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A New Year without El Niño

Recreational groundfish season comes to an end

Vermillion rockfish
Vermillion rockfish

On New Year’s Eve, local groundfish might have a reason to celebrate. In the angling community over the past couple winters, our lucky New Year’s baby has been the El Niño conditions that kept yellowtail and tuna close to home in the winter. This winter, as the pelagic species have moved south and water temps are around 60 degrees, boats have returned to target rockcod, sheephead, and whitefish.

Why the deep-water celebration? Recreational groundfish season ends at midnight and begins again in two months on the first day of March. Until then, those anglers wishing to catch lingcod, whitefish, sheephead, all species of rockfishes, cabezon, or greenlings from a boat must go south of the border or do so from shore. In our area, about the only fish on that list a shore-based angler has a shot at catching is a cabezon or maybe a greenling.

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Sponsored

In the San Diego area our best bottom-fishing is around the La Jolla/ Scripps Canyon complex or out off the Nine Mile Bank, and it’s really not that great. Of the favorites targeted on the bottom (whitefish, lingcod, vermillion rockfish, and sheephead), the average size has dropped over the decades since the mid-20th century. The stretches of banks and canyons off the Baja Peninsula still hold some of the larger groundfish equal to the ones my grandfather might’ve caught locally on his trusty little 14-foot skiff in the 1960s.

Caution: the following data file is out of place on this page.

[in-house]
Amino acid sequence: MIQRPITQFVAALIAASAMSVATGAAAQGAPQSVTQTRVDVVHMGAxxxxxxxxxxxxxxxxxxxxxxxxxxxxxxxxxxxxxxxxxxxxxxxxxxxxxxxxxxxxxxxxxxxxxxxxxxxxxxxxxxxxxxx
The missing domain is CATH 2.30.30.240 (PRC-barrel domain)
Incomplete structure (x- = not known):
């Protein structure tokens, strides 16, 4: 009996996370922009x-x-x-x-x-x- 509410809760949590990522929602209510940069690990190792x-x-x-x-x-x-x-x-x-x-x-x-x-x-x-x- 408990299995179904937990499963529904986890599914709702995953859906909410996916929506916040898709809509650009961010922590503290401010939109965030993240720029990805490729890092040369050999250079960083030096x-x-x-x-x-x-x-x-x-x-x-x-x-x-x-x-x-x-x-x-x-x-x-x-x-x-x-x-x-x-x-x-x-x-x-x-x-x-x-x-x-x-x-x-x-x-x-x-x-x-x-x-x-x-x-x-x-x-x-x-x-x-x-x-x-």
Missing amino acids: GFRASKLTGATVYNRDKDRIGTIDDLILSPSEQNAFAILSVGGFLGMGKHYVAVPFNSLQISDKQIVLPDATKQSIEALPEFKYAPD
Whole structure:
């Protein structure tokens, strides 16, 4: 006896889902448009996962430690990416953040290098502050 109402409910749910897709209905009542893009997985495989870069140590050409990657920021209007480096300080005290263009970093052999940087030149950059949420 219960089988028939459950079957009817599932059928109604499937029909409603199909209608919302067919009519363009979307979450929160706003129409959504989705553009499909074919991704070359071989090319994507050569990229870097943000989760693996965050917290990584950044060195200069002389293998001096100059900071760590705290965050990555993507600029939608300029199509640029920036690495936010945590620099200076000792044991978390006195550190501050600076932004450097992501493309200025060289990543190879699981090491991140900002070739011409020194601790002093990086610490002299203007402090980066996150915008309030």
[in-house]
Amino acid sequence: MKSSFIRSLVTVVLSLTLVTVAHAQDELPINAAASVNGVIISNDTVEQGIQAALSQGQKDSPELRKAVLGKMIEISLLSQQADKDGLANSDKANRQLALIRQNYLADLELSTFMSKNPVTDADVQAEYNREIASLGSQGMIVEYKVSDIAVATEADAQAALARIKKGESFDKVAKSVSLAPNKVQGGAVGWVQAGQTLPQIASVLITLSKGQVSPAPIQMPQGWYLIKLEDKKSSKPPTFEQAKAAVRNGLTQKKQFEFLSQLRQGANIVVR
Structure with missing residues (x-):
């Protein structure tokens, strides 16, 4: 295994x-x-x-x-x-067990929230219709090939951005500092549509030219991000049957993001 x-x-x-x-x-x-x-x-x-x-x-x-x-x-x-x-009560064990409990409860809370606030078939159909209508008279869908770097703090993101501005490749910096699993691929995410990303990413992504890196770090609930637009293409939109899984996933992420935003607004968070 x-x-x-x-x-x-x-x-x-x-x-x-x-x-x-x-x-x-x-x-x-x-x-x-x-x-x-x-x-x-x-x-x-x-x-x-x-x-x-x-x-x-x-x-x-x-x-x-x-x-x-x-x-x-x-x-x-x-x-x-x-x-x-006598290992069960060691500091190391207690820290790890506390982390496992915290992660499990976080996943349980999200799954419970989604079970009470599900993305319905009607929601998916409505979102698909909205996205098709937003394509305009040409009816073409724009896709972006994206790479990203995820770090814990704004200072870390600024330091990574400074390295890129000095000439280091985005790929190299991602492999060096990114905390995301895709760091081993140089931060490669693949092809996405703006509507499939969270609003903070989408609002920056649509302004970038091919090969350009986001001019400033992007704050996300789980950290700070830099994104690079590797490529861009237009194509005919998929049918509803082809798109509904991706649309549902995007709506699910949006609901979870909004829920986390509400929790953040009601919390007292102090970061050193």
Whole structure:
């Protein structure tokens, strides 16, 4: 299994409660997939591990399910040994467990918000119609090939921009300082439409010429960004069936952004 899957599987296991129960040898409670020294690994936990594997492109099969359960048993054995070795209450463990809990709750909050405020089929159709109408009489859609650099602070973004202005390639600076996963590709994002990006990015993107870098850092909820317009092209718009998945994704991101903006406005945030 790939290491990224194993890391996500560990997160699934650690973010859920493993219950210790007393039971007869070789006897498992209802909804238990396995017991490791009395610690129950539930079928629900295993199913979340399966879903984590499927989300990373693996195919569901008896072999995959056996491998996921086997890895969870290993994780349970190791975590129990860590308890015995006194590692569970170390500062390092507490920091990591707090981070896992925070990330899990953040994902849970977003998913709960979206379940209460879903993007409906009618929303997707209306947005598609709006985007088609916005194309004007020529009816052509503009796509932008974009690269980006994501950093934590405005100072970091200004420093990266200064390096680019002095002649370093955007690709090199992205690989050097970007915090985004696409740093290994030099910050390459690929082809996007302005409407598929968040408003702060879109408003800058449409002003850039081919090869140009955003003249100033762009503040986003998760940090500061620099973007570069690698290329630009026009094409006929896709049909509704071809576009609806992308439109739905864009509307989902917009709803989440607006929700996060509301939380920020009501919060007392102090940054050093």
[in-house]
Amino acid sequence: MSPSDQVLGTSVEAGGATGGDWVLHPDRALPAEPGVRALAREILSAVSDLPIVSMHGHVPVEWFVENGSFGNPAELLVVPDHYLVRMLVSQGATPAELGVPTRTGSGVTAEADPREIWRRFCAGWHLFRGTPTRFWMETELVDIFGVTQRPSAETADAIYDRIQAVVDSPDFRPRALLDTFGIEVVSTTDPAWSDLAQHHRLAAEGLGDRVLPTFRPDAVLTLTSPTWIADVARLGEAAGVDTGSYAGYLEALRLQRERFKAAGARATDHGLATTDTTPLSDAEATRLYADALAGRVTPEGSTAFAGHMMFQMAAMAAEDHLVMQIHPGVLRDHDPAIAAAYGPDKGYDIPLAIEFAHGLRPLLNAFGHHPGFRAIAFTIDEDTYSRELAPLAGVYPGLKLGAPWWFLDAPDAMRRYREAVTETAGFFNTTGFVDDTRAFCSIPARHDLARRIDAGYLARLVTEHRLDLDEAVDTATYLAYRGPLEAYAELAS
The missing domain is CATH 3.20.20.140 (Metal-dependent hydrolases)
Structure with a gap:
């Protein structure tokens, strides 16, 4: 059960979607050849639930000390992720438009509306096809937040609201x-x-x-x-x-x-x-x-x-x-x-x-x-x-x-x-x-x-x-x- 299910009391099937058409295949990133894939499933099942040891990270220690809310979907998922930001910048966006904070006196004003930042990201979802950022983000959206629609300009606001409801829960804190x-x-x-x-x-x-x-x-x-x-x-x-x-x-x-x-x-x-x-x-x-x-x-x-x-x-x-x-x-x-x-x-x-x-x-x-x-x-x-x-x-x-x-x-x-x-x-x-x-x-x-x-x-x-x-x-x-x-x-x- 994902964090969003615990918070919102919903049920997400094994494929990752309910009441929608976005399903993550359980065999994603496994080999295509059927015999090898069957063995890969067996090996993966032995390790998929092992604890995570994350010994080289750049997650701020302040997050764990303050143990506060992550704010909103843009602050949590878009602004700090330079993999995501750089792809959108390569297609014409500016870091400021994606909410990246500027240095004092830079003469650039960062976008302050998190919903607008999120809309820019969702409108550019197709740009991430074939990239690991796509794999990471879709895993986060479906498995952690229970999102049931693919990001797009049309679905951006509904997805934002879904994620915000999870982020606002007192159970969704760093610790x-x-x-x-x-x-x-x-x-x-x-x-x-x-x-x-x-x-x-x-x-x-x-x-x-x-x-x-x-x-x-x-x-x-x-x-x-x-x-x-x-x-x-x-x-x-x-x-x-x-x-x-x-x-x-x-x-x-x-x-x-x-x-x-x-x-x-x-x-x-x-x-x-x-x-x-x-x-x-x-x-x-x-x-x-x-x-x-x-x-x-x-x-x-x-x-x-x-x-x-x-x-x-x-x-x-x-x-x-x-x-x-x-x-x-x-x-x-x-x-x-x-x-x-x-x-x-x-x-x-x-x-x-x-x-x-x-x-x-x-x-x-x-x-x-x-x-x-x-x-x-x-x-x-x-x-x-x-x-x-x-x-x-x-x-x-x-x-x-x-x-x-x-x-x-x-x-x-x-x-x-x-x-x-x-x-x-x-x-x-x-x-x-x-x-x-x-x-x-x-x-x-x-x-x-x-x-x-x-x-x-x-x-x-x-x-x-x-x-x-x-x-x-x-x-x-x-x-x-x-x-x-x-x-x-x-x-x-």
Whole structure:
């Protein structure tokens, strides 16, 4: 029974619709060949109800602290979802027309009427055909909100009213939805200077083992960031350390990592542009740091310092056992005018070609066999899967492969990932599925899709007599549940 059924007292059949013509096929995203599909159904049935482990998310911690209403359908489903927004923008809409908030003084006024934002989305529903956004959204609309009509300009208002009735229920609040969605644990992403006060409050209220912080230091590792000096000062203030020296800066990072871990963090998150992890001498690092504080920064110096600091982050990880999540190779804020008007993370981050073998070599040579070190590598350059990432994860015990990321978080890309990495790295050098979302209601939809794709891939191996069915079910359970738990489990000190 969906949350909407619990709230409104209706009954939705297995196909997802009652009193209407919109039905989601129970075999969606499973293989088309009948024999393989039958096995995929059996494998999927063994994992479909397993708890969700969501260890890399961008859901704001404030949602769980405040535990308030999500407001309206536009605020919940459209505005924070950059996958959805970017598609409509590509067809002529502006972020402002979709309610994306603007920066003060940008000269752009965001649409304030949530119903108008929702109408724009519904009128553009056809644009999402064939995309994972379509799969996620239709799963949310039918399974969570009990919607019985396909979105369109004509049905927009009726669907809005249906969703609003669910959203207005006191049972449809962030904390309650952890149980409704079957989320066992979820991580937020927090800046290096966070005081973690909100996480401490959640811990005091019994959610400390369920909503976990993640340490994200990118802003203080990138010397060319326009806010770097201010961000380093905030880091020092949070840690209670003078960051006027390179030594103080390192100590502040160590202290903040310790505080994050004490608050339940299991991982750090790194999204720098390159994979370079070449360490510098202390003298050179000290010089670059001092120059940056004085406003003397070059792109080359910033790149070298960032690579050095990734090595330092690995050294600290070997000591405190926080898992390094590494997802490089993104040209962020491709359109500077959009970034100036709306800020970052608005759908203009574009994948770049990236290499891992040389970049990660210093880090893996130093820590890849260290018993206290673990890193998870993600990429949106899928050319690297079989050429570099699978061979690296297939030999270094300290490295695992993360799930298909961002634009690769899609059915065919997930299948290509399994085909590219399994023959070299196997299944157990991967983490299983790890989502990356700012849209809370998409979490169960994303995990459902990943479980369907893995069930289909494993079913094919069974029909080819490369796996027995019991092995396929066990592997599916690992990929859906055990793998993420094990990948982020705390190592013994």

Boats leaving San Diego landings fish those fertile bottom-fishing grounds from the Coronado Islands on down to the cold-water zone that runs from Ensenada to Vizcaino Bay, which begins a few hundred miles south of the border.

For those fishing close to home, sculpin, or California scorpionfish, season opens the first of the year. The local near-shore waters still hold other endemic species this time of year, including sand bass, calico bass, halibut, the occasional barracuda, bonito, white seabass, and “homeguard” yellowtail; those few larger models don’t migrate with schools but rather lurk at the kelp edges on the deeper side awaiting to ambush a hapless mackerel.